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Maryland Miffed by Negativity

WASHINGTON — Maryland Treasurer Nancy Kopp has been a force on her state’s political scene for decades, but the veteran politician doesn’t mince words when it comes to the negative outlook a major rating agency has put on the Old Line State's triple-A credit rating.

“We have a diverse economy,” said Kopp. “People think of us as basically a [federal] government state, I think.”

Moody's Investors Service placed Maryland on negative outlook, while still awarding its general obligation bonds a triple-A rating, because of the state’s high reliance on federal jobs at a time when there is budget pressure to downsize government spending.

The District of Columbia carries the same negative outlook, as does Virginia.The outlook particularly affects Maryland, which issues more general obligation bonds than many states, according to Kopp.

In February, Moody’s affirmed its Aaa rating on more than $1 billion of Maryland GO bonds, but pointed to the state’s “reliance on federal jobs in an era of retrenchment.”

It expressed concern that Maryland’s rating “could be affected by a downgrade of the U.S. government’s rating.”

Kopp does not deny that the state she has served as treasurer for 10 years benefits from thousands of high-paying public-sector jobs, but takes issue with the idea that Maryland’s creditworthiness is the U.S. government’s creditworthiness writ small.

“The fact is, while Virginia and Maryland do both have a higher-than-average proportion of government employees or government contractors in our revenue base, at least in Maryland — it’s very diversified,” she said.

She noted that Maryland is home to sizable numbers of personnel working for the military, the National Institutes of Health, the National Security Agency and other disparate federal entities. “They are federal, but they are very diverse,” Kopp said. “And therefore, are going to be impacted differently by personnel cuts, budget cuts, etc.”

Marcia Van Wagner, a Moody’s analyst responsible for evaluating Maryland’s debt, said the risk evaluation isn’t as “granular” as it would have to be to determine the importance of Kopp’s point.

To determine how reliant the state is on federal jobs, Van Wagner said, she and other analysts examine federal employment as a percentage of total employment. According to the most recent Moody’s analytics report on Maryland, the state’s percentage of workers employed by the state and local governments is 19.8%. That’s 3% above the national average.

Maryland also faces the looming spectre of sequestration — deep, across-the-board, mandated cuts to military spending triggered by Congress’ failure to reach a debt ceiling agreement. If Congress fails to amend current law by 2013, an additional $550 billion will be sequestered from the Pentagon’s budget.

But the heavy federal presence isn’t all bad, even in tough times, Van Wagner said. In terms of unemployment, Maryland weathered the recession better than the average state, remaining below the national unemployment average throughout the last few turbulent years. That is in part because of the low volatility in the public sector workforce, she said.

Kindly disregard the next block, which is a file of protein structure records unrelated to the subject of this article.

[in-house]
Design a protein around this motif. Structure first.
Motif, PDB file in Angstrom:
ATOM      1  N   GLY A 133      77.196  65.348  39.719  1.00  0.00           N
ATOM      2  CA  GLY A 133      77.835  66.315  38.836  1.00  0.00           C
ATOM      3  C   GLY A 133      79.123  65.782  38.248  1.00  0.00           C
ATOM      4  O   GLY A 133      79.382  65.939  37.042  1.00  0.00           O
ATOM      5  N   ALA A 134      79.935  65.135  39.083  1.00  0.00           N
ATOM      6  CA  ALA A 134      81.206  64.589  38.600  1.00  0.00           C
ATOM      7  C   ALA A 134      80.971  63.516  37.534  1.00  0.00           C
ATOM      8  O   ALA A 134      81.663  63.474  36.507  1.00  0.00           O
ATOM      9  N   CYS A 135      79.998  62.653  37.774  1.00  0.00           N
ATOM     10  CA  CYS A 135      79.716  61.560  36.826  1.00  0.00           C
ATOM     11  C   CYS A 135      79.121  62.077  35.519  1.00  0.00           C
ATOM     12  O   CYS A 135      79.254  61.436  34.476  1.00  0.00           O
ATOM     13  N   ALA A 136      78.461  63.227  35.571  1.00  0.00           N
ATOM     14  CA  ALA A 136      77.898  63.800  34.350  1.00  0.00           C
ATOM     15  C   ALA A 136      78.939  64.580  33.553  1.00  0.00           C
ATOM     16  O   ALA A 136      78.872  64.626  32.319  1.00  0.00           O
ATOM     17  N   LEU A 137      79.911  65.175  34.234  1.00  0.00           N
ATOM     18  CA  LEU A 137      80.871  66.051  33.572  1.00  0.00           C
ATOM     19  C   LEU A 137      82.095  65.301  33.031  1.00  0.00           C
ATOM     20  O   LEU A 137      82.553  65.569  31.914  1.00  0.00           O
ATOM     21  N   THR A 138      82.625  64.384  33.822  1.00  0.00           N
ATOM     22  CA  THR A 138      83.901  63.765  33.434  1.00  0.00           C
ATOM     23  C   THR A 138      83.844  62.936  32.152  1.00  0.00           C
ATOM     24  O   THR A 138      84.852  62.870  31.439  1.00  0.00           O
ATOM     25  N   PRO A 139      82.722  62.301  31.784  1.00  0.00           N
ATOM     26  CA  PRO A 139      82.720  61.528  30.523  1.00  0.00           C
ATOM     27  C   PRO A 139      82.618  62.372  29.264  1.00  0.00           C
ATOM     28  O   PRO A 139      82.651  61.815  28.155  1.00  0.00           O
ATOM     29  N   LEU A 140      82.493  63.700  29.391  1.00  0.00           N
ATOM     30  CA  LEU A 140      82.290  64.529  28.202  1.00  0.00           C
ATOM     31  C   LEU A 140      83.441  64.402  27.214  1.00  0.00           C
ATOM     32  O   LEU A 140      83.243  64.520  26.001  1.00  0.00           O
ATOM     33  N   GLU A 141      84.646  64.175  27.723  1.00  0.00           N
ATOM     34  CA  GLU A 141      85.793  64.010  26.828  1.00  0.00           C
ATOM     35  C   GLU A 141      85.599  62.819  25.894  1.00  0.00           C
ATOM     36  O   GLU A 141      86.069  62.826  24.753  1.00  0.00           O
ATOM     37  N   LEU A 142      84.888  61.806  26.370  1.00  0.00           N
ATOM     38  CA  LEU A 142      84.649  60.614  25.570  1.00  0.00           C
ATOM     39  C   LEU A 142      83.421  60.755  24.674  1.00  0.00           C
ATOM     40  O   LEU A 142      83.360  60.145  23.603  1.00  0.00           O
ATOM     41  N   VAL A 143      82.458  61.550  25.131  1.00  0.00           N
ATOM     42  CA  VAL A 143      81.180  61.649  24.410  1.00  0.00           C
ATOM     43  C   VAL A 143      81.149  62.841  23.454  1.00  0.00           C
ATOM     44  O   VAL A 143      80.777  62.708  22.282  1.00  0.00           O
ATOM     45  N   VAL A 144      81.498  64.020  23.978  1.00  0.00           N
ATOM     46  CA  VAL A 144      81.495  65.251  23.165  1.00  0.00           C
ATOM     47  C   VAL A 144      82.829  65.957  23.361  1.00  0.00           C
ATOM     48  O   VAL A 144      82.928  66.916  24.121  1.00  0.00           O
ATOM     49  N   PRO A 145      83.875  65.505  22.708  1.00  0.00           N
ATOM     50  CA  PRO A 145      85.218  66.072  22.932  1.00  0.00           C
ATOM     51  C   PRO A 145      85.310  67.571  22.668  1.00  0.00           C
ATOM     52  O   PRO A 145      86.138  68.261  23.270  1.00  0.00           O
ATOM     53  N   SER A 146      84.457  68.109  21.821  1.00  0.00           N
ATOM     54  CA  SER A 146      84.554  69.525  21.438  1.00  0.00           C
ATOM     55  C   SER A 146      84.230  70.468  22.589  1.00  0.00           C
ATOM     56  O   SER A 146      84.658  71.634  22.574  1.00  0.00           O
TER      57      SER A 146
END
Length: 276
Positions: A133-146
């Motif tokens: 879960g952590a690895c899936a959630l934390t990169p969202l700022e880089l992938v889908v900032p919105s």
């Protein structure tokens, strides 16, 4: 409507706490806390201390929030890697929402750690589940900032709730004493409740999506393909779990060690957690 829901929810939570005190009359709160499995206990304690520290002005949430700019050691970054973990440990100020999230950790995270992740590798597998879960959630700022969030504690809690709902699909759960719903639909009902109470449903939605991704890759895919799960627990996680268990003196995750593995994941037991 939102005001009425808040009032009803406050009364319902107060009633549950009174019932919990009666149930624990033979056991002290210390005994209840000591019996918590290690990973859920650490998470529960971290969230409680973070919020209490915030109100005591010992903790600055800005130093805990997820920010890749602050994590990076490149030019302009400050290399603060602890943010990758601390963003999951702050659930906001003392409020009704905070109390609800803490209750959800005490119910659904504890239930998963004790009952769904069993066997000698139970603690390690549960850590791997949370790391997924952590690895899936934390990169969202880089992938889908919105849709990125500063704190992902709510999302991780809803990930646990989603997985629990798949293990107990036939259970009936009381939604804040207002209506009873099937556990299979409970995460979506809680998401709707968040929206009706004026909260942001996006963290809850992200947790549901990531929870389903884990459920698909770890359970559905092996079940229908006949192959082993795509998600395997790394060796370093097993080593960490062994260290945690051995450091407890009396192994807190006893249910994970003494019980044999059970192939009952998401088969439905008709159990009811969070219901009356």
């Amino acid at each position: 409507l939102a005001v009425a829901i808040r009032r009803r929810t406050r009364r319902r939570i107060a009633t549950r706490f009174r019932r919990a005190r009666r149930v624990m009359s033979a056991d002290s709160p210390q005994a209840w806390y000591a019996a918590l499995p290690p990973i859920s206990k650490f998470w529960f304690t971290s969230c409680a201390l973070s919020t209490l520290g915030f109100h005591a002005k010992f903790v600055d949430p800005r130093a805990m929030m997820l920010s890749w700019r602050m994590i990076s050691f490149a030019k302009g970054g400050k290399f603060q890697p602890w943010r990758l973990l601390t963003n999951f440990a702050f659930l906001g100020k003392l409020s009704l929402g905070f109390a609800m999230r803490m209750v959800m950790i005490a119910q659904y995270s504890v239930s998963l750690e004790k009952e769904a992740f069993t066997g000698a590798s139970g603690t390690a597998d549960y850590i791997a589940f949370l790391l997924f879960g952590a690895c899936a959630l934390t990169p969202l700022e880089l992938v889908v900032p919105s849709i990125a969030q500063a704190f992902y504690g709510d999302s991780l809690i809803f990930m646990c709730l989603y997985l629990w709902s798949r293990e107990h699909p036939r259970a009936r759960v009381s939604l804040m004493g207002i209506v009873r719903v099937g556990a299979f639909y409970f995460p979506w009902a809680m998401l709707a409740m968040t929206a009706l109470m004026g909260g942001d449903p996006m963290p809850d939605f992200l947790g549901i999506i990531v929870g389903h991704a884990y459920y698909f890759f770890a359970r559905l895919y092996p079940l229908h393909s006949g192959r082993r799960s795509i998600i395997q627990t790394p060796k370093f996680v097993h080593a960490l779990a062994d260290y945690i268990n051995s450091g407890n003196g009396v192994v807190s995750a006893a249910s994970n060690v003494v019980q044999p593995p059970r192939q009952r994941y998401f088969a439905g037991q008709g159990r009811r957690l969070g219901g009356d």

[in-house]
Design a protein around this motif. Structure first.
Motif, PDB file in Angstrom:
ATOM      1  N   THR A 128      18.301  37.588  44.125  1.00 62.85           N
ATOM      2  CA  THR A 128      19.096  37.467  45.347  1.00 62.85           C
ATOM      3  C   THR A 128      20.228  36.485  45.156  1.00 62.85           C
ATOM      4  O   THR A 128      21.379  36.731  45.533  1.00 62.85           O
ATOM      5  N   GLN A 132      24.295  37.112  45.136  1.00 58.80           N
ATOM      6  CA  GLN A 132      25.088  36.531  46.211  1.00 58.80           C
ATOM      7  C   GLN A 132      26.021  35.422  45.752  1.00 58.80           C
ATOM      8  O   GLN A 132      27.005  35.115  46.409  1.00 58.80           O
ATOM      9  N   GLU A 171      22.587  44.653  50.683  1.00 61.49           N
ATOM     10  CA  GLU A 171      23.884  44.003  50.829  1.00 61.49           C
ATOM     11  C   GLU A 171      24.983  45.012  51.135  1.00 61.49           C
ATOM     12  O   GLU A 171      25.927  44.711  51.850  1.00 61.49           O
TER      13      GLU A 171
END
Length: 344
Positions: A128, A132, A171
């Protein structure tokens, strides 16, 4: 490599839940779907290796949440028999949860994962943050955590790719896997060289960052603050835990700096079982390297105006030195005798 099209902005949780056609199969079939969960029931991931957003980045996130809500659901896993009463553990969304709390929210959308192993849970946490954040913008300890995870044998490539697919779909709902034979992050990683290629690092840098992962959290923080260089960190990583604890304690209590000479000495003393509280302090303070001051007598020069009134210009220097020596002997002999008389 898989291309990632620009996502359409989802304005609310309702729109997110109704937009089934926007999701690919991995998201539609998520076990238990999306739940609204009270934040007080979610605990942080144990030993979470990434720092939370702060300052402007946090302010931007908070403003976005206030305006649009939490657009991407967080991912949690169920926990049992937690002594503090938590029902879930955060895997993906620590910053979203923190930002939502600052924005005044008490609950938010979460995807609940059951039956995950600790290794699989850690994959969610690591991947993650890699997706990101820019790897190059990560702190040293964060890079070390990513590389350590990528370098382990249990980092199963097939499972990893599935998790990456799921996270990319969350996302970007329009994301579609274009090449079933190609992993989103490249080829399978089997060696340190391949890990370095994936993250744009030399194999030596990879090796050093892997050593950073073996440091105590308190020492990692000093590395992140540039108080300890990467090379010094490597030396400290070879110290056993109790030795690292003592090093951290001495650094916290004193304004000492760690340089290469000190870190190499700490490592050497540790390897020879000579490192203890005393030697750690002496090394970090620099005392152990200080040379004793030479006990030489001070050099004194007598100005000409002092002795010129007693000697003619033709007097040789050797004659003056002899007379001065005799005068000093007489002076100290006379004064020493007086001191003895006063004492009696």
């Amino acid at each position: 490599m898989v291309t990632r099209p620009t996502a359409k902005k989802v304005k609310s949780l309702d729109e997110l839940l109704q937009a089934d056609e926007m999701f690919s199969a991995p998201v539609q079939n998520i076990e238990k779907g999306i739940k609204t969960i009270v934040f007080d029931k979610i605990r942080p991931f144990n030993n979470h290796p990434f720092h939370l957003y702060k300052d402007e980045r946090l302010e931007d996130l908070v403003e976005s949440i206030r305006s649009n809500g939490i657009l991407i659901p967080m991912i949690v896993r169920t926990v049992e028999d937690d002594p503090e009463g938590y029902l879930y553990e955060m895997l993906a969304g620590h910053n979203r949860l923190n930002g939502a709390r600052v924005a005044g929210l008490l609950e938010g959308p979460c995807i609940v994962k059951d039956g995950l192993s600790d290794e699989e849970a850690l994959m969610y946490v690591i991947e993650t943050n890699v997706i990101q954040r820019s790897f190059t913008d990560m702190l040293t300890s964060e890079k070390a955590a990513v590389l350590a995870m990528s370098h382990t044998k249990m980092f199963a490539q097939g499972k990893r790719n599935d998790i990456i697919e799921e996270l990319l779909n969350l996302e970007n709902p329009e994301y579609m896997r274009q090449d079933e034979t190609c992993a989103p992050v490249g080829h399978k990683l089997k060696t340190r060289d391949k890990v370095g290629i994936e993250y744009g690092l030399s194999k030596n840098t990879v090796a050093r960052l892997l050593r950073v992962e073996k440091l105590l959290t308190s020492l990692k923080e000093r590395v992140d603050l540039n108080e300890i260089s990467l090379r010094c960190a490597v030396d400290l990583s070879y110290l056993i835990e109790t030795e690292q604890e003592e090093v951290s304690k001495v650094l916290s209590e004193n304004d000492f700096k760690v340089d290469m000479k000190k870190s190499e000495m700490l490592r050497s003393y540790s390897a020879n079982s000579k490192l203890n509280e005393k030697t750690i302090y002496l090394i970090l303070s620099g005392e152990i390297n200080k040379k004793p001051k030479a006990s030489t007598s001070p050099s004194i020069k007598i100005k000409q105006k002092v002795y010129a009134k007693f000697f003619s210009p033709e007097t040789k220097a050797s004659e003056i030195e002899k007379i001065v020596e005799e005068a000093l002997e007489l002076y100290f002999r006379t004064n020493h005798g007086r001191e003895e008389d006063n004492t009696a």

“I would characterize them more as stable,” she said. “The federal employment serves as a stabilizing force.”

Kopp’s responsibilities as treasurer are varied. She chairs the Capital Debt Affordability Committee and the Commission on State Debt, and sits on the Board of Revenue Estimates. She is Maryland’s chief representative in dealing with rating agencies and investment banks. She also serves as chair of the Board of Trustees of the Maryland State Retirement and Pension Systems and the College Savings Plans. She is a member of the Maryland Supplemental Retirement Board, the Health and Higher Education Financing Authority and the Small Business Development Financing Authority, among other entities.

She also has the added perspective of having served in the Maryland House of Delegates for 27 years. It’s in the state capitol at Annapolis that both Kopp and Van Wagner see a major concern: the state budget. Maryland’s “doomsday” budget, a series of cuts totaling some $500 million, was part of a broad financial package under consideration by the legislature.

The budget passed, but not the revenue-generating measures associated with it. An education law also passed that strengthened the state’s ability to withhold money from localities that fail to fund schools at at least the previous year’s level, so that it can give the money directly to the local school boards.

Combined with the spending plan to cut state aid payments to Maryland’s 23 counties and the city of Baltimore by $262 million in fiscal 2013, it could result in a credit downgrade for Maryland municipalities, a Moody’s analysis concluded last month.

“It’s like sequestration at the local level,” Van Wagner said. “Everything right now is really up in the air.”

The Maryland constitution gives the legislature 30 days in special session, if Gov. Martin O’Malley desires, to complete their work. What, if anything state lawmakers will do, Kopp said, is “the question of the moment” for her state. Will they approve a revenue bill, or let “draconian” cuts go through?

“One or the other, we’ll have a balanced budget,” Kopp said. “I have great faith that common sense is going to prevail.”

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